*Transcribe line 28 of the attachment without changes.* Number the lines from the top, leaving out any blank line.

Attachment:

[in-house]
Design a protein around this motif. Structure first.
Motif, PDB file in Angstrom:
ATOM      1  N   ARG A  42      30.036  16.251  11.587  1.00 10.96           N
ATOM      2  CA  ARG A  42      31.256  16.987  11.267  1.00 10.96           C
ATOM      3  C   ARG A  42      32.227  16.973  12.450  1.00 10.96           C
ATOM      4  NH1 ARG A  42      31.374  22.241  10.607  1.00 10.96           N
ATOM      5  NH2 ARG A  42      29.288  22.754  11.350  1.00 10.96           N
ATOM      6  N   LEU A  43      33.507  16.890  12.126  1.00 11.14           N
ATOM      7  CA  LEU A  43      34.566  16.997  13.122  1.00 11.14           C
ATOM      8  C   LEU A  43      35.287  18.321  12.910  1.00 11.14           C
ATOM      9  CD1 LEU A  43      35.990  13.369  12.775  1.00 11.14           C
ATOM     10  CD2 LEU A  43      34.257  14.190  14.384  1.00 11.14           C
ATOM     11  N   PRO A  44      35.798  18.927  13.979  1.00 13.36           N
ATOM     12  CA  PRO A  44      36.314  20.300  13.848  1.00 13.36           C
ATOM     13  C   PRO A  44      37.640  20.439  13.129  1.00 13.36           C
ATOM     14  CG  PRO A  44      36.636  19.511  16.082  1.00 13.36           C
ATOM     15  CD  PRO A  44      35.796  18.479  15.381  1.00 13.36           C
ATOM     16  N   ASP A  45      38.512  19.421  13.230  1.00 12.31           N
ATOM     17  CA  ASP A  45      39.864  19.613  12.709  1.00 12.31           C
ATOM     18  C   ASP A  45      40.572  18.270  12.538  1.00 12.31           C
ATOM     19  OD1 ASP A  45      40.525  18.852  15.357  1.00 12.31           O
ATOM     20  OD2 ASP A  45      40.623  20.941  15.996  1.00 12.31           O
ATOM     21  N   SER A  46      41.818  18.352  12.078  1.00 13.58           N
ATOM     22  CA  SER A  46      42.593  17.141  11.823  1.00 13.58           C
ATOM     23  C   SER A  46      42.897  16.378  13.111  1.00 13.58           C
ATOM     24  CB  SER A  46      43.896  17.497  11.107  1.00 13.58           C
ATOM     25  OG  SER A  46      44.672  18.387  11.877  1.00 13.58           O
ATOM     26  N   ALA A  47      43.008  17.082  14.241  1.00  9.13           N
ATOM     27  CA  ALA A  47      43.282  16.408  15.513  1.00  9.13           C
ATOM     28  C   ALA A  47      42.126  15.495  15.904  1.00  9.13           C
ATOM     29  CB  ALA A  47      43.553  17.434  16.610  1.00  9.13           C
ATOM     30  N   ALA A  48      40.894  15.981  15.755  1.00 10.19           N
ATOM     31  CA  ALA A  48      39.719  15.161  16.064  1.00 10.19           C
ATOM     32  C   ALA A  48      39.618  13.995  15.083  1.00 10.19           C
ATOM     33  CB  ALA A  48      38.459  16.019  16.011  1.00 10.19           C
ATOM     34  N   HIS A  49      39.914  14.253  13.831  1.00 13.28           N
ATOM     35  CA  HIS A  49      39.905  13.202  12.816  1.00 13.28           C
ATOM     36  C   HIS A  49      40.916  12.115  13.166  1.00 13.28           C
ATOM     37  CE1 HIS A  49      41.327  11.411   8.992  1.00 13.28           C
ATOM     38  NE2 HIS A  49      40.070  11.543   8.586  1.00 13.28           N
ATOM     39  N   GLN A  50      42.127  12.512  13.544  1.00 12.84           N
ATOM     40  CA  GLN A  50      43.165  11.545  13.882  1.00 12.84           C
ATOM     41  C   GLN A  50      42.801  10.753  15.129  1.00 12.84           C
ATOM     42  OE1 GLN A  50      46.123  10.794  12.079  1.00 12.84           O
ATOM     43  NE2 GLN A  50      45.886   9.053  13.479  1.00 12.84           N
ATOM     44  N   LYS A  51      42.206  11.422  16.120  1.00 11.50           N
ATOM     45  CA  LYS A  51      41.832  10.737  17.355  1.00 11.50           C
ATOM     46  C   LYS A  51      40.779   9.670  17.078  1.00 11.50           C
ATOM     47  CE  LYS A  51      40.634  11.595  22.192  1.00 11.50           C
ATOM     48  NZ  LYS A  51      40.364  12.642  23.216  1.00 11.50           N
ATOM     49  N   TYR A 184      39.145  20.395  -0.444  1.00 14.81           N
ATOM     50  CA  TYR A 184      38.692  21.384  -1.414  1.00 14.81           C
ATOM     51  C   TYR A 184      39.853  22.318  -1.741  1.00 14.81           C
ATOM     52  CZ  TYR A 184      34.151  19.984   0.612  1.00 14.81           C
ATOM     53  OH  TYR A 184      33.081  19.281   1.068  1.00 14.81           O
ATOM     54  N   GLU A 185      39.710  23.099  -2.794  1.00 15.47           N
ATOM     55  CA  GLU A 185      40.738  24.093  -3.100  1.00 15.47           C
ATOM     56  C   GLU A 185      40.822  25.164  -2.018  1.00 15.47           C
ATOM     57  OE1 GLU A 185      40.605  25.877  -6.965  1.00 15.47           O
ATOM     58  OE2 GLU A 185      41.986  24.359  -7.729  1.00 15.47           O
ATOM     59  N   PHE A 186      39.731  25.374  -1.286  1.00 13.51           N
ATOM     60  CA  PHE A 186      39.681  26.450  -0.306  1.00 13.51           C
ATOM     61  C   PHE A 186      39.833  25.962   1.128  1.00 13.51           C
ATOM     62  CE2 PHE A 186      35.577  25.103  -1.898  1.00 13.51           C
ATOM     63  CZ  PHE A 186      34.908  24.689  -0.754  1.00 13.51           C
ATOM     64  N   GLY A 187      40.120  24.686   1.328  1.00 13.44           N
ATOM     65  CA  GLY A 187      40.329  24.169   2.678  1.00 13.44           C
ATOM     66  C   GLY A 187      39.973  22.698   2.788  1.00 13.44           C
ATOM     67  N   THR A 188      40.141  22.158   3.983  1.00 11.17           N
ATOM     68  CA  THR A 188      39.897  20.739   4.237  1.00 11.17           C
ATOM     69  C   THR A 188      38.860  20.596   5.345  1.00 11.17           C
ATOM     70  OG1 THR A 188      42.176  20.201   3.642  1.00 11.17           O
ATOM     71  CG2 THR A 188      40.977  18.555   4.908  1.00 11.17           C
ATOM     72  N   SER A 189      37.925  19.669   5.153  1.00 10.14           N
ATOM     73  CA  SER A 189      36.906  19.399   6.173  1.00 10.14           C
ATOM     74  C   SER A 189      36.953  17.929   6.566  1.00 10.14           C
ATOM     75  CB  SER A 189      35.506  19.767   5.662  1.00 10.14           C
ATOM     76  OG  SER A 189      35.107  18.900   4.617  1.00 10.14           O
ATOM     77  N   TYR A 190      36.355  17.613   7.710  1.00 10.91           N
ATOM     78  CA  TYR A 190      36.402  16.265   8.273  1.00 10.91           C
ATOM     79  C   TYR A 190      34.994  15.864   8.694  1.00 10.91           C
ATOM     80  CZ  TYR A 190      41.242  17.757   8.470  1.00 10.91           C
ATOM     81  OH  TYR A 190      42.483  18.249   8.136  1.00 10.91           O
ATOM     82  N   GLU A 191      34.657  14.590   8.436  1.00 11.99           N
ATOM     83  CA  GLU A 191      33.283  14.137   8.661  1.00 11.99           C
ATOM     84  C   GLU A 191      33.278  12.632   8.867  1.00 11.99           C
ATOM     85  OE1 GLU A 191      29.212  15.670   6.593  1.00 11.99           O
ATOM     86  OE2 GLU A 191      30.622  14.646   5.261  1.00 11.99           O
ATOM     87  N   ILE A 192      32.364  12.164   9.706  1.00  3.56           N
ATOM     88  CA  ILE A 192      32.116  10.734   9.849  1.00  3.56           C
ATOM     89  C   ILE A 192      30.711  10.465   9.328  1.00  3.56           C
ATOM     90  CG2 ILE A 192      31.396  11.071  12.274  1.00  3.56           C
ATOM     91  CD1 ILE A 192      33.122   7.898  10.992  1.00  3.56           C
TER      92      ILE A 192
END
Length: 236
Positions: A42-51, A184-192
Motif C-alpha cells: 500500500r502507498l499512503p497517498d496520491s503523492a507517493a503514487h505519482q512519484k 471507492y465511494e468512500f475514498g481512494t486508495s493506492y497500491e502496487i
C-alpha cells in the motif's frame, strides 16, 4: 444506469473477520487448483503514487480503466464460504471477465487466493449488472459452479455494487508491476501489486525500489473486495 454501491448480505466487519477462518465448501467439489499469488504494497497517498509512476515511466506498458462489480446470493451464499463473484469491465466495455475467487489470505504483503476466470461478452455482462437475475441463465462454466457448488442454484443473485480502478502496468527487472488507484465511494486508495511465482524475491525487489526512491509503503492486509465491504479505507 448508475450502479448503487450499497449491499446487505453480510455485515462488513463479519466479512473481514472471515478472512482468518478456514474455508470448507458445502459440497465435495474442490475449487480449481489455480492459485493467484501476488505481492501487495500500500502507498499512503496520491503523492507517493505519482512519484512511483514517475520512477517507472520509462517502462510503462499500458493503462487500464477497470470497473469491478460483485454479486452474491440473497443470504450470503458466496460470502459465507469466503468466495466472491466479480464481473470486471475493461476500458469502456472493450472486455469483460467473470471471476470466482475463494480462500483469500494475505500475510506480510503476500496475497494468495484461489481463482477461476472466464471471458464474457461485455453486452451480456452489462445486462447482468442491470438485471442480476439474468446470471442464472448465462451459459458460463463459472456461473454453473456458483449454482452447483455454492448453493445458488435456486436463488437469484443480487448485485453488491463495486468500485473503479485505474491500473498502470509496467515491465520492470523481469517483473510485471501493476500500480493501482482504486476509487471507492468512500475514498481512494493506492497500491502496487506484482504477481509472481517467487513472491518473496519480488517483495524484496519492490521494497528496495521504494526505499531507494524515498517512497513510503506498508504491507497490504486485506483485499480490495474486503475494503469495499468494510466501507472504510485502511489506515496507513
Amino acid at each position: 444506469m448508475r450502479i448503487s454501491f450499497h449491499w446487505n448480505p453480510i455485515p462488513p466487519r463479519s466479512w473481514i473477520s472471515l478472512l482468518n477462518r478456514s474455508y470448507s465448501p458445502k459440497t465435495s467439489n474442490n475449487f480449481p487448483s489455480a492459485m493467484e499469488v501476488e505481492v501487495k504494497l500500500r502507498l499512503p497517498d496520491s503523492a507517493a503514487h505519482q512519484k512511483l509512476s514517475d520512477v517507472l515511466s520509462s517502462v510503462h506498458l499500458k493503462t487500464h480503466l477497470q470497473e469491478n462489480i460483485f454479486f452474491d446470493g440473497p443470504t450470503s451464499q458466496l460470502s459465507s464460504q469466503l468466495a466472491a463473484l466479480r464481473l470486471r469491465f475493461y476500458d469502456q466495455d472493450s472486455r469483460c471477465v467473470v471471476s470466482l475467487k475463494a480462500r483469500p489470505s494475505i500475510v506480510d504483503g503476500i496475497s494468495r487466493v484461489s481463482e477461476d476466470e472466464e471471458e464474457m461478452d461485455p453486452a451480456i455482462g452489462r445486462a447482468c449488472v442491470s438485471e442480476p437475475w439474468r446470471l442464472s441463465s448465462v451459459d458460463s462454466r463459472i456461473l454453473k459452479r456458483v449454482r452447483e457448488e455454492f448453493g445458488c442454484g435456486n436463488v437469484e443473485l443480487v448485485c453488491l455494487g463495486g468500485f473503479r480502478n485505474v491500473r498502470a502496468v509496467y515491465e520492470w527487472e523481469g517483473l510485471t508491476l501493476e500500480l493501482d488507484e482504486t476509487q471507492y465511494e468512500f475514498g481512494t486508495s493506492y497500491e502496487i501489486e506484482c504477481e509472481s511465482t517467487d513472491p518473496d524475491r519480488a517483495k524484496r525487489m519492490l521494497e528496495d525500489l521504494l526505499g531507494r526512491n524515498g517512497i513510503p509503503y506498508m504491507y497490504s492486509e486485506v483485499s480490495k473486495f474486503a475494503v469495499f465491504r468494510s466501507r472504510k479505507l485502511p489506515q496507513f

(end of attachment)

ATOM     25  OG  SER A  46      44.672  18.387  11.877  1.00 13.58           O